Friday, June 29, 2018

Why do wave after wave of South Americans come to the USA ...

would they have still taken the dangerous road to the borders of the USA, plus all the abuse and hate from Americans if their own countries were prosperous?  And, why are their own countries not doing well?  Could it be because the USA has looted their countries' wealth in cahoots with the corrupt governments of those countries placed in power by the United States of America?

Deena Stryker  at Journal-NEO
Russiagate has been almost completely obscured by the media’s crocodile tears over Latino toddlers being torn from their mothers’ arms at the Mexican border.  Neither Gaza nor Yemen — not to mention Syria — have favored the press with comparable tear-jerking moments.  

The Attorney general, Jeff Sessions, known for his racism as Alabama’s Senator, and who was Trump’s earliest congressional backer, confessed to having ordered this inhumane policy in order to deter Latino families from illegally entering the United States — or even legally seeking asylum.  As the President for several days refused to back down until his wife intervened, together with the wives of previous Republican presidents, MSNBC and CNN inundated the airwaves with the sounds of little children crying for their mothers in Spanish.

None so far have asked the obvious question: What has made the people in the US’s back-yard so miserable that they are willing to risk temporarily — or even permanently — losing their children as they try to get into a country where they are not wanted? A recent book titled Crusade and Jihadby William Polk an Arabist and former diplomat, documents all the ways in which the North committed crimes against the South since Great Britain used gains from piracy to take over India two centuries ago.  Alas, little attention is paid by academics or journalists to America’s historic treatment of its Hispanic neighbors.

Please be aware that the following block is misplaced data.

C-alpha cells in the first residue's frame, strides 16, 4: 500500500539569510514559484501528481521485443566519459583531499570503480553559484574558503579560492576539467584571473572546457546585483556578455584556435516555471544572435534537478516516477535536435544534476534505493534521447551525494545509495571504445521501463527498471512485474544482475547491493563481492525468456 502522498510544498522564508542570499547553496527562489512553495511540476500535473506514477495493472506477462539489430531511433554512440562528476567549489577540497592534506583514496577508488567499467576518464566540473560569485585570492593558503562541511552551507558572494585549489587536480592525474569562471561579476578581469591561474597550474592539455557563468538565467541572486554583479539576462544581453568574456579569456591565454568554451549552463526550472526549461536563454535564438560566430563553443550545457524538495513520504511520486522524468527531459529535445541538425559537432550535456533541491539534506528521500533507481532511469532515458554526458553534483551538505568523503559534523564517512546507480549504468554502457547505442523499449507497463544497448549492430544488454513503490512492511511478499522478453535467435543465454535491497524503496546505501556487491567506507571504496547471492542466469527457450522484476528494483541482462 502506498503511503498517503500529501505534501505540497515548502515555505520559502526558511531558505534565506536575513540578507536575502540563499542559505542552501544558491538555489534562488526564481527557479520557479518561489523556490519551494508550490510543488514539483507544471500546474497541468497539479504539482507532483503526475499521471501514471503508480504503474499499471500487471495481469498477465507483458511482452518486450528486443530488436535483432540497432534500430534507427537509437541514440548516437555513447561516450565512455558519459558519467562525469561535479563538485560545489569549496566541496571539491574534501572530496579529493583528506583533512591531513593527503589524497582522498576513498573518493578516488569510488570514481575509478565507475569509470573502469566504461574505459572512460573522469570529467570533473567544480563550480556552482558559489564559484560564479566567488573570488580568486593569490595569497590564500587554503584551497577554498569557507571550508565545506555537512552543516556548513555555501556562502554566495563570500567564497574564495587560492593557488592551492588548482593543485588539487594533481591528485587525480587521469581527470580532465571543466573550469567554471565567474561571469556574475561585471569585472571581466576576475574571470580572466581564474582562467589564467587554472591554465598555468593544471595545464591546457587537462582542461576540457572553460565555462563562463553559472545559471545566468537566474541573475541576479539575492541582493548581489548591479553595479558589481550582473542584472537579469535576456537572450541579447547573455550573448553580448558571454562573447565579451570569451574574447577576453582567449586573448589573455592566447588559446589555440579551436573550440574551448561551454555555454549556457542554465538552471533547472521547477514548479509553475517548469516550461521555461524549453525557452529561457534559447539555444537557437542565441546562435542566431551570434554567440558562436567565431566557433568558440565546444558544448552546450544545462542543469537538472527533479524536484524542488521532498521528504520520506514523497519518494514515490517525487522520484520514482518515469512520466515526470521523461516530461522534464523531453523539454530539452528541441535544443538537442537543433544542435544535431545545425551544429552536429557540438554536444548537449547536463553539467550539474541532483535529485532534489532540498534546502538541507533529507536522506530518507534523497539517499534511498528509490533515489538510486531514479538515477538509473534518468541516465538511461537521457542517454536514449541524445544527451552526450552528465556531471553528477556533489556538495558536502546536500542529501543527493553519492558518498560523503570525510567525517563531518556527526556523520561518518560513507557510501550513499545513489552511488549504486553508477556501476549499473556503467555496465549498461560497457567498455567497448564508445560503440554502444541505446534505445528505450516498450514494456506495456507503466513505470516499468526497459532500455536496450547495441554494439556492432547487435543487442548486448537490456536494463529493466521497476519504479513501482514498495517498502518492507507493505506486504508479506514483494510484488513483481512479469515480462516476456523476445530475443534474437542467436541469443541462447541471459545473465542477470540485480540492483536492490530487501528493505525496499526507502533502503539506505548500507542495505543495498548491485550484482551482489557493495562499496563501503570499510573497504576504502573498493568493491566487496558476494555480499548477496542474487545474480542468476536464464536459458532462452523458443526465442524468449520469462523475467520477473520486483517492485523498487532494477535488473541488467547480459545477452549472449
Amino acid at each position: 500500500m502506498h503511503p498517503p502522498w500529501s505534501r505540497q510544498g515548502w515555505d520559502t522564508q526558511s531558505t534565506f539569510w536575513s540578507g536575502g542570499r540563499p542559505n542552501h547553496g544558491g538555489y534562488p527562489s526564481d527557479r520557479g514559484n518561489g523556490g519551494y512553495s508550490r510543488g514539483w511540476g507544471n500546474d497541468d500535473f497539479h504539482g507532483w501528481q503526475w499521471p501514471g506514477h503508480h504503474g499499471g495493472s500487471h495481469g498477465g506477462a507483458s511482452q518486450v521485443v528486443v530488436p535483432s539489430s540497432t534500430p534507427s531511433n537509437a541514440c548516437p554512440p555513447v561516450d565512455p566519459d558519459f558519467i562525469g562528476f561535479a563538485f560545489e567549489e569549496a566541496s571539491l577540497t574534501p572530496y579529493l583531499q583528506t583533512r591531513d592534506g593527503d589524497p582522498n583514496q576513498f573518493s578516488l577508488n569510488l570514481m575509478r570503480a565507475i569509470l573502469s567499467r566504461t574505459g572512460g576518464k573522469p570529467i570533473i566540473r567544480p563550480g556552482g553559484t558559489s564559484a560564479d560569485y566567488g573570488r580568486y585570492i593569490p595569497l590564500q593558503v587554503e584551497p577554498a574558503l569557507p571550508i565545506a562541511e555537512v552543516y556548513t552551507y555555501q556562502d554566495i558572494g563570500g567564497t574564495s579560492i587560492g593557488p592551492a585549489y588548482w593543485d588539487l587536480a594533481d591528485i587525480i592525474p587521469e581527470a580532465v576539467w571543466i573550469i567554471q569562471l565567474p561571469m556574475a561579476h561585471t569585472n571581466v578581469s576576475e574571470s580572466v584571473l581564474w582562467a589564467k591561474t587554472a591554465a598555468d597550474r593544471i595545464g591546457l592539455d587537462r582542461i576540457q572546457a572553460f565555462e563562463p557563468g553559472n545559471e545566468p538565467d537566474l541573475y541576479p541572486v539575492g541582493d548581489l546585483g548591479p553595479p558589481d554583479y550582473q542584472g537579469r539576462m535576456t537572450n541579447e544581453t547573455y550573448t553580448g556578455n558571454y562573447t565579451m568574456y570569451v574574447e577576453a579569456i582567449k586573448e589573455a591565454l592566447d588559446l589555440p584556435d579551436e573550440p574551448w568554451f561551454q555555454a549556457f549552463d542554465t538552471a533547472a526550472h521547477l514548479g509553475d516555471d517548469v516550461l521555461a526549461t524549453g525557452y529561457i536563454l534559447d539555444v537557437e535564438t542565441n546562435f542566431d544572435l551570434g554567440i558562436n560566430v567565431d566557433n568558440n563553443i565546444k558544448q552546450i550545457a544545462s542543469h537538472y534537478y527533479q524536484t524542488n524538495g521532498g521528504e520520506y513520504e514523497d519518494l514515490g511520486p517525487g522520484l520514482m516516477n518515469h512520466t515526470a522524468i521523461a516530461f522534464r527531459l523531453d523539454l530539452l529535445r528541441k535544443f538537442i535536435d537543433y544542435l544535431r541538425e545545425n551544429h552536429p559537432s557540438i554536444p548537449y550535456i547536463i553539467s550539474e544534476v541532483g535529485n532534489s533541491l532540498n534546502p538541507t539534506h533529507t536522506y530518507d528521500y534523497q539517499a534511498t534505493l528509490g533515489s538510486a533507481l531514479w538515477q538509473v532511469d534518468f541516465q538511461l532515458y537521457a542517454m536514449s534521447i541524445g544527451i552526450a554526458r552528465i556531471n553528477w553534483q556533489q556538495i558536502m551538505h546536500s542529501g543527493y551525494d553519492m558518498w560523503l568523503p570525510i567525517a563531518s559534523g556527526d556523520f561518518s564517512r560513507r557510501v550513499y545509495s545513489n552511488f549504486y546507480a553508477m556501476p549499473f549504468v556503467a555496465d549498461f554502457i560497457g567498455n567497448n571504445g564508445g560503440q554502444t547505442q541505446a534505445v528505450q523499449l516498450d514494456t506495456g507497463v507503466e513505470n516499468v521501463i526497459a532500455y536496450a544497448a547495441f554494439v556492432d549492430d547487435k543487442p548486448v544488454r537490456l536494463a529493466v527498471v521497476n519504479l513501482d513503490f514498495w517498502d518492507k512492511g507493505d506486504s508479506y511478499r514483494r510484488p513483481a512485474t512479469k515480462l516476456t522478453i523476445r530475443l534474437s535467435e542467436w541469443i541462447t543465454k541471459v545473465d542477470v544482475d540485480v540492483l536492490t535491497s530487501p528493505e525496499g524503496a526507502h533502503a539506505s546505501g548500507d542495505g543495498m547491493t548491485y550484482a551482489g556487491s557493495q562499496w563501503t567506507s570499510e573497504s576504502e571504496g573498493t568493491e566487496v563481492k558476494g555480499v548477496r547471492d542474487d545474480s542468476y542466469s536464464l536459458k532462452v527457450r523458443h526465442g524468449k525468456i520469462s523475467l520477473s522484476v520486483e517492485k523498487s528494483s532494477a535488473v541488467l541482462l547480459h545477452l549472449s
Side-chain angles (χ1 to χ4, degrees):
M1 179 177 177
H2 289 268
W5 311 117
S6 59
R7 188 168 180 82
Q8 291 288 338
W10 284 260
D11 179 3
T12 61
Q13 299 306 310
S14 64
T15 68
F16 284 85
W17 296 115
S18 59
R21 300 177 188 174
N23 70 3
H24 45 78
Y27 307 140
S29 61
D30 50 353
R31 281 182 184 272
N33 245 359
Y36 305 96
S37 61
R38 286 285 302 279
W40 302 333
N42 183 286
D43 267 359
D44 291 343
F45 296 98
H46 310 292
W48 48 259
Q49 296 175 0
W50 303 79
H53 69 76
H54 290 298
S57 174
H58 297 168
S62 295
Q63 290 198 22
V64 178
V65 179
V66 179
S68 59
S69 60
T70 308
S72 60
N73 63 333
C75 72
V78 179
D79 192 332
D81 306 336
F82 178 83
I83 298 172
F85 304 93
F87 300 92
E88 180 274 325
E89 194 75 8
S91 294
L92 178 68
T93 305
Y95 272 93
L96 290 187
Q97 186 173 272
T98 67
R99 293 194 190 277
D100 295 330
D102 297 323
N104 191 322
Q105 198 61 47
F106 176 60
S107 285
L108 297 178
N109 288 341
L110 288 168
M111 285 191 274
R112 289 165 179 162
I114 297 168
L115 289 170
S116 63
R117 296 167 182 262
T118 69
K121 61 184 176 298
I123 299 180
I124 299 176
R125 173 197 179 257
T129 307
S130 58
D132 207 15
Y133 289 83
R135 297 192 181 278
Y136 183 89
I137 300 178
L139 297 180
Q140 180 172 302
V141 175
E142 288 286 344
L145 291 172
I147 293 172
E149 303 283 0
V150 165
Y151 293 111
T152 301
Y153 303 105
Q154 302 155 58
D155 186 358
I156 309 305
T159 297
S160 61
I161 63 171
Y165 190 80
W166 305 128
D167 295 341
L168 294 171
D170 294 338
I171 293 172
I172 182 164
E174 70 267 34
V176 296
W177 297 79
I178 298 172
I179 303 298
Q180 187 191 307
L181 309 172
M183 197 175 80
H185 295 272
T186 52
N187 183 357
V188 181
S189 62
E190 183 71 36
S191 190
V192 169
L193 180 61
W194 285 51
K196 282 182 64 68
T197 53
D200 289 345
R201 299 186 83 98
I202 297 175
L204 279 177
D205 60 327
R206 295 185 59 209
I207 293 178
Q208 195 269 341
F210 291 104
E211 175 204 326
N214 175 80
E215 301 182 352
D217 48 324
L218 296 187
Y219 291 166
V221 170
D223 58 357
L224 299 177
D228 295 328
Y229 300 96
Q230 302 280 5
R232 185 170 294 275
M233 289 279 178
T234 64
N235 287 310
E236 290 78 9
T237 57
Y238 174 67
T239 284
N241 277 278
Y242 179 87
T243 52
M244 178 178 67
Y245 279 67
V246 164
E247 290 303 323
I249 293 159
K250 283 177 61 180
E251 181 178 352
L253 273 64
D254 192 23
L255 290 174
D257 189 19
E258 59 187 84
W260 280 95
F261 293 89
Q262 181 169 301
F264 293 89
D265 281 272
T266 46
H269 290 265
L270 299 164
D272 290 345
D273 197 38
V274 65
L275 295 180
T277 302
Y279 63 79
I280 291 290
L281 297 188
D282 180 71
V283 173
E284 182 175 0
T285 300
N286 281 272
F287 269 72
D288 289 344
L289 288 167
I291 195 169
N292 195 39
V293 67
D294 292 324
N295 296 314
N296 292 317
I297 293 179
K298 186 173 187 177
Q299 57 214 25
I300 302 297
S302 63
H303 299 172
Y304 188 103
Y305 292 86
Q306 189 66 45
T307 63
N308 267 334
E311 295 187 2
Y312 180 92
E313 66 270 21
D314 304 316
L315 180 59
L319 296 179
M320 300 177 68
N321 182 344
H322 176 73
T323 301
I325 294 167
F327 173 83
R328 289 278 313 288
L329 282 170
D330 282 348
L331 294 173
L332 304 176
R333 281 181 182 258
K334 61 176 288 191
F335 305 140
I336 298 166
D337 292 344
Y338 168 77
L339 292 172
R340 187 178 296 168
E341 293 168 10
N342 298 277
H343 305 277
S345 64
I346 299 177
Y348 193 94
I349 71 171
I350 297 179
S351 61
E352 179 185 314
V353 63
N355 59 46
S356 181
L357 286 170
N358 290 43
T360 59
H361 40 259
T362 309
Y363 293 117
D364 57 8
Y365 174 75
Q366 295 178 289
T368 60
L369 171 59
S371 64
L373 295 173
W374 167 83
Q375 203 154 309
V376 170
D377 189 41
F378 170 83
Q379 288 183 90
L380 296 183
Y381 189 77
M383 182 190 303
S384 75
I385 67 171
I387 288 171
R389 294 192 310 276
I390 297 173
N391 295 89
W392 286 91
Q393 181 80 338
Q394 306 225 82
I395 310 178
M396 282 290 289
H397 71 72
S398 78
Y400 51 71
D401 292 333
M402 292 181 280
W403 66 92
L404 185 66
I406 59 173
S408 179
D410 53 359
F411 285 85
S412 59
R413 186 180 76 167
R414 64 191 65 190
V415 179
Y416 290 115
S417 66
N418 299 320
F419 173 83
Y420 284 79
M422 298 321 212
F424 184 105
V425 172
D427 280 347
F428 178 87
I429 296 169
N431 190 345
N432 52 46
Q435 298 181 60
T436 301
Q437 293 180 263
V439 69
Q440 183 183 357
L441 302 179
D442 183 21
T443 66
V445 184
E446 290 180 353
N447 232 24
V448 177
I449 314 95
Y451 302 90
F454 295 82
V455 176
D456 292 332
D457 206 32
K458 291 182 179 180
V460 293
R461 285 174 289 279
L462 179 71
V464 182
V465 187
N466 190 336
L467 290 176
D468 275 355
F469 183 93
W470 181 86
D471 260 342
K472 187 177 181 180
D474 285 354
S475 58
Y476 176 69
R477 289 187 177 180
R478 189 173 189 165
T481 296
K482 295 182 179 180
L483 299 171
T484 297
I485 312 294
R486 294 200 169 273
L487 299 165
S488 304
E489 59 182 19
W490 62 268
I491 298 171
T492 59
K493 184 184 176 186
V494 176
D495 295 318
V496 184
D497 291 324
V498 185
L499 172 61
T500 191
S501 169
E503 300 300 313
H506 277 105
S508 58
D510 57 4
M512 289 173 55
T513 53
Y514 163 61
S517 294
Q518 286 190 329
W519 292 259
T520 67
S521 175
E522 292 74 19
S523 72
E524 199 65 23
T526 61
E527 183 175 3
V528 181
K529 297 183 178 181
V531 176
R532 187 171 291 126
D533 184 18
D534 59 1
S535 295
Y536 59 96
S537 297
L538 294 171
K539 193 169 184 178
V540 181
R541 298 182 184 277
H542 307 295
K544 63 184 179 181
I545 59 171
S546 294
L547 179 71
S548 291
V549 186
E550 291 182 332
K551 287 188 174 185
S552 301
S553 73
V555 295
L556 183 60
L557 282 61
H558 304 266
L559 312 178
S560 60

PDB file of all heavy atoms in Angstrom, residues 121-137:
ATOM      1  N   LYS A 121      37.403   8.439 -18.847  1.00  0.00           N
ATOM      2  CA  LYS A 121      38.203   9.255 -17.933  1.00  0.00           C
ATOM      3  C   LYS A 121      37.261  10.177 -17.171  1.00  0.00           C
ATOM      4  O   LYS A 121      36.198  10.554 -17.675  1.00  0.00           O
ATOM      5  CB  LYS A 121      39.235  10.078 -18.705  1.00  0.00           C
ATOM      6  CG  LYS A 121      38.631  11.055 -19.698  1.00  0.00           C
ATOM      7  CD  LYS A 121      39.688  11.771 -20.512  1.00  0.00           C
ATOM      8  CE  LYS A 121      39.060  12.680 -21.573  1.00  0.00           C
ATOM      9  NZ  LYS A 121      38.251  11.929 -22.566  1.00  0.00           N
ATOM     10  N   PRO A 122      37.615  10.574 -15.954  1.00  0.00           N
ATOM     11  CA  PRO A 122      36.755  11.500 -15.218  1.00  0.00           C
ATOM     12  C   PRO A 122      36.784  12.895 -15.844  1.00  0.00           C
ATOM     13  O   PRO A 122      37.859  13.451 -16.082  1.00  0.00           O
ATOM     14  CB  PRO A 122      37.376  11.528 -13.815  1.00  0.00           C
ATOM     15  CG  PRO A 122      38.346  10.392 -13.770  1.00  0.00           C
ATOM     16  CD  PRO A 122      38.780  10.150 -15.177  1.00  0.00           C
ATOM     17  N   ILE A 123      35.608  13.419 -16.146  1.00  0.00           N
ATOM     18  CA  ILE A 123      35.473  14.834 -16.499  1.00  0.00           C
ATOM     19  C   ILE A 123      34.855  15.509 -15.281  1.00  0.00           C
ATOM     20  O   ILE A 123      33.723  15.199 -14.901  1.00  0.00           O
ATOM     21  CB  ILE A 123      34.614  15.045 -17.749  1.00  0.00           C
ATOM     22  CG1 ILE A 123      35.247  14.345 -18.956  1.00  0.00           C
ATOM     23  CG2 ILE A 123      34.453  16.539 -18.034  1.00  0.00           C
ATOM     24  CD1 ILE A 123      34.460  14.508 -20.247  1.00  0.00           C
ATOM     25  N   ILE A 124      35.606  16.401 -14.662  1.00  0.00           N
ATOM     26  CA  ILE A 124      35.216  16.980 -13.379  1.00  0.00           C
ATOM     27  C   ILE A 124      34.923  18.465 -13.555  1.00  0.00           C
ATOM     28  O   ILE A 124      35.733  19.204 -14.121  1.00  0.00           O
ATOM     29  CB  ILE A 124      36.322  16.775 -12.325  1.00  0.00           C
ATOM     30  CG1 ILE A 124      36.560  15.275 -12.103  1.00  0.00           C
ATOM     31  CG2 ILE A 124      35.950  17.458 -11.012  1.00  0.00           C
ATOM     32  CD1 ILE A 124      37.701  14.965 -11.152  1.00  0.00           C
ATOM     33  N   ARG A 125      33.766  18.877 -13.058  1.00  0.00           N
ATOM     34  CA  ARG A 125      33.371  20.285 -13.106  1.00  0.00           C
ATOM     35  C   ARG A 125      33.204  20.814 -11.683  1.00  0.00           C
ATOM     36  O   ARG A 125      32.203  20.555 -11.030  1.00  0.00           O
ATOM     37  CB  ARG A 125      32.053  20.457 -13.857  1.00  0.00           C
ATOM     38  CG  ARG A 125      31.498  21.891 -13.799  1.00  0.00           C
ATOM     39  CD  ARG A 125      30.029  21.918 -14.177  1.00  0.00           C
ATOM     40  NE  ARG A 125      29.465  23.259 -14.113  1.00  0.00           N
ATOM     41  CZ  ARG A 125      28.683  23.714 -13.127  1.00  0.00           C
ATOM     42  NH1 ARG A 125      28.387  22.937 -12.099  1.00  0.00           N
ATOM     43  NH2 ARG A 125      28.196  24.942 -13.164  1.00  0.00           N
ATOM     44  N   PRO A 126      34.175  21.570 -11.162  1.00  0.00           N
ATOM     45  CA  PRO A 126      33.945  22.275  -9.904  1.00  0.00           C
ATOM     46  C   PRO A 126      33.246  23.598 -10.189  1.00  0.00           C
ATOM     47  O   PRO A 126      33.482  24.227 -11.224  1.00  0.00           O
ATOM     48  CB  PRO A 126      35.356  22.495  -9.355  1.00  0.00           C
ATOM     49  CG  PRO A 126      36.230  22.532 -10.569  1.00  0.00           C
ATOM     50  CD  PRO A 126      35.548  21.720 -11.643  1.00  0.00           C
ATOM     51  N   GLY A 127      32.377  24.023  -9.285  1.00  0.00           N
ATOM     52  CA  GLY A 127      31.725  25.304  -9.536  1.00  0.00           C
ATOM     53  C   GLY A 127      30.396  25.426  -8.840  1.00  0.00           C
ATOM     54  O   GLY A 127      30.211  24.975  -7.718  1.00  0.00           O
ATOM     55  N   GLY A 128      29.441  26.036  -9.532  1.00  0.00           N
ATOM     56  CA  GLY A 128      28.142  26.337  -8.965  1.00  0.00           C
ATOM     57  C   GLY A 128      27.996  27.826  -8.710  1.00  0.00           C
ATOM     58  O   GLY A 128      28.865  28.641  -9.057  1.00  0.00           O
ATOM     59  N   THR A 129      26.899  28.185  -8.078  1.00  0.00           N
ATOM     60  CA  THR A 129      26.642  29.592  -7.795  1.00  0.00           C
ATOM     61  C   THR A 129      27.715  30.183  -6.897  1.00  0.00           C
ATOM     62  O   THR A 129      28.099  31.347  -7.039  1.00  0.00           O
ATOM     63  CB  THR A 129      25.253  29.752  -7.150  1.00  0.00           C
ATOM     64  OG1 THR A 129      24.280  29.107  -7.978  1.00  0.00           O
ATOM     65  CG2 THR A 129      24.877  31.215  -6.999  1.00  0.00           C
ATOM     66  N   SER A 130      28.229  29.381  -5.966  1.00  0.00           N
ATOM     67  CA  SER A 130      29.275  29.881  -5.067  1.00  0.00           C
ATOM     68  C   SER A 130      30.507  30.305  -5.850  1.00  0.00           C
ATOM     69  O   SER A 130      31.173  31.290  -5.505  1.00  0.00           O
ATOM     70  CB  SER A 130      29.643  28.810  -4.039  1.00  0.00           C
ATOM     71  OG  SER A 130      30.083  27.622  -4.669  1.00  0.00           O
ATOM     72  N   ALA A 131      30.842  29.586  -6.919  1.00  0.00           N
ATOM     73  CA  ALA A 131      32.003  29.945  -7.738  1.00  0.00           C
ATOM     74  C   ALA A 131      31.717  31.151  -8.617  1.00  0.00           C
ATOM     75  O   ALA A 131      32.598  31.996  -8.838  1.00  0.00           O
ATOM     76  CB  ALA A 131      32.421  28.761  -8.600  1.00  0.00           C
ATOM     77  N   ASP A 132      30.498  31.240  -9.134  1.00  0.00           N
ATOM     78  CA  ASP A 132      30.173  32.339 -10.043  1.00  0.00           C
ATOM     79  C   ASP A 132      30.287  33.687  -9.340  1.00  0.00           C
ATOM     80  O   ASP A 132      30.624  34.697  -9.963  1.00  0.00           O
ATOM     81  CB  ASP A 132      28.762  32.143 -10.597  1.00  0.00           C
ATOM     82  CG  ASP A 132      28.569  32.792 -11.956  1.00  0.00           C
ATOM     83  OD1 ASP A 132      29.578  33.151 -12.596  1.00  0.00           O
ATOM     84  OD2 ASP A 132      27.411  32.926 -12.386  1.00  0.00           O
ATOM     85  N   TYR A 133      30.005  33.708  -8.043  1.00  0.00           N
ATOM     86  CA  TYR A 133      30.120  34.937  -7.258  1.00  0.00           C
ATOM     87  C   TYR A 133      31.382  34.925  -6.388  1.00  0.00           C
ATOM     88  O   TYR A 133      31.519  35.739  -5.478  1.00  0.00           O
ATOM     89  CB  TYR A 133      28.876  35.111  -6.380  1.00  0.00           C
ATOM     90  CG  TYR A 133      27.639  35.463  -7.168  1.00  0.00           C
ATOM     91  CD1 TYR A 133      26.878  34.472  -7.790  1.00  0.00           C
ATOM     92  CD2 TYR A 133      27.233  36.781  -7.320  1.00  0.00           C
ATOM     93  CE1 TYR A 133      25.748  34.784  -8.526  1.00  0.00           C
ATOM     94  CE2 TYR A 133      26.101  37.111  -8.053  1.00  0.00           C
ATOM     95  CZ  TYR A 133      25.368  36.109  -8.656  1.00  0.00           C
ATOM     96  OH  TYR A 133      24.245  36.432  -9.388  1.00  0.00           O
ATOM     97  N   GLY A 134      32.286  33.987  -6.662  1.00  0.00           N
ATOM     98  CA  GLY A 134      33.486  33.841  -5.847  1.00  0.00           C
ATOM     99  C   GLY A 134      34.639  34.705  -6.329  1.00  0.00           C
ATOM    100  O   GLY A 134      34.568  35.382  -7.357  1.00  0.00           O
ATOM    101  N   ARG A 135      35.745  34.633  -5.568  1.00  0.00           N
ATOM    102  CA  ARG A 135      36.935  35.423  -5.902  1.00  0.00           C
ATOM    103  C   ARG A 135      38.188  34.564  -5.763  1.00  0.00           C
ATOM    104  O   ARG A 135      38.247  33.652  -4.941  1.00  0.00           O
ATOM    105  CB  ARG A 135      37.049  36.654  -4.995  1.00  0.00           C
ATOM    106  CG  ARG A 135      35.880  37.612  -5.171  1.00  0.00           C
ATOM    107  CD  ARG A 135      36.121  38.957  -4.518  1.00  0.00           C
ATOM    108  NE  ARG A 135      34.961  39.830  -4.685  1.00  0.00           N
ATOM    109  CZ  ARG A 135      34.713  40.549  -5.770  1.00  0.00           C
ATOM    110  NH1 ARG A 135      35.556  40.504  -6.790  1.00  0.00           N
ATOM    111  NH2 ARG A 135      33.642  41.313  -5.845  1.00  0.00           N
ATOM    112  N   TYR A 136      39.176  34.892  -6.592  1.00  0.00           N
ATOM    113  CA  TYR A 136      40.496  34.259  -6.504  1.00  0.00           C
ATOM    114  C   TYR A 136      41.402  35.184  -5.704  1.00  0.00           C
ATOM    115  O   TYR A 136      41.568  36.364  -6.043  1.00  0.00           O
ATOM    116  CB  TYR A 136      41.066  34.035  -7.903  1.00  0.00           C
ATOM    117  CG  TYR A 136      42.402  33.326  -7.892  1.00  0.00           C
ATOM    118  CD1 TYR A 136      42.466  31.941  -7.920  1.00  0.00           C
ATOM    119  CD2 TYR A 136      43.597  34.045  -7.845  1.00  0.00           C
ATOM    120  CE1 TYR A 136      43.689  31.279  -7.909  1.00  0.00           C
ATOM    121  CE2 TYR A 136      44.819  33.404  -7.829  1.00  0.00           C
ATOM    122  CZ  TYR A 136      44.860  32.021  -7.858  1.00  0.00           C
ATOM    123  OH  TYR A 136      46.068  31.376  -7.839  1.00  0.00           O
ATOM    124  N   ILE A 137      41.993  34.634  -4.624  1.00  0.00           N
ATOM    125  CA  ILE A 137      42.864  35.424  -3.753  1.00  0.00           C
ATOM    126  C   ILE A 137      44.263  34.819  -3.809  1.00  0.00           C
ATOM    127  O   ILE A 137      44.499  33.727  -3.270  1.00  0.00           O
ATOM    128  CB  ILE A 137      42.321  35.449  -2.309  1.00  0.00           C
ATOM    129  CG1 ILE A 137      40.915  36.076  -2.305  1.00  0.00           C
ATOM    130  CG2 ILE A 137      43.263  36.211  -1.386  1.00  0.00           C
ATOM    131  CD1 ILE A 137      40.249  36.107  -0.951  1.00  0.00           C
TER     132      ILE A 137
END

For two centuries, the tiny countries of Central America extending from Mexico to the southern American hemisphere have lurched from one US-backed government to another and from what sociologists call one development path to another, until politically motivated revolts and revolutions were succeeded by gang violence.

Benign neglect is the best one can say about these fiefdoms which United Fruit ruled for over a century. By the 1930s, the vast conglomerate was the single largest land owner in Guatemala. With a total of 3.5 million acres in Central America and the Caribbean, it had absolute power over the governments of these small, under-developed countries. (The phrase Banana Republic says it all.)

In 1944, a popular uprising in Guatemalaled to the country’s first democratic election, introducing near-universal suffrage, and a minimum wage. What happened later made it the poster child for Caribbean turmoil until the Cuban Revolution of 1959. The revolution’s second government, led by Jacobo Árbenz, broke up large estates, distributing property to landless peasants, and legalized the Communist Party. These actions threw up red flags in Washington, and when 40% of United Fruit Company’s land was expropriated, the powerful conglomerate persuaded the Truman and Eisenhower administrations that Arbenz planned to align Guatemala with the Soviet Bloc....

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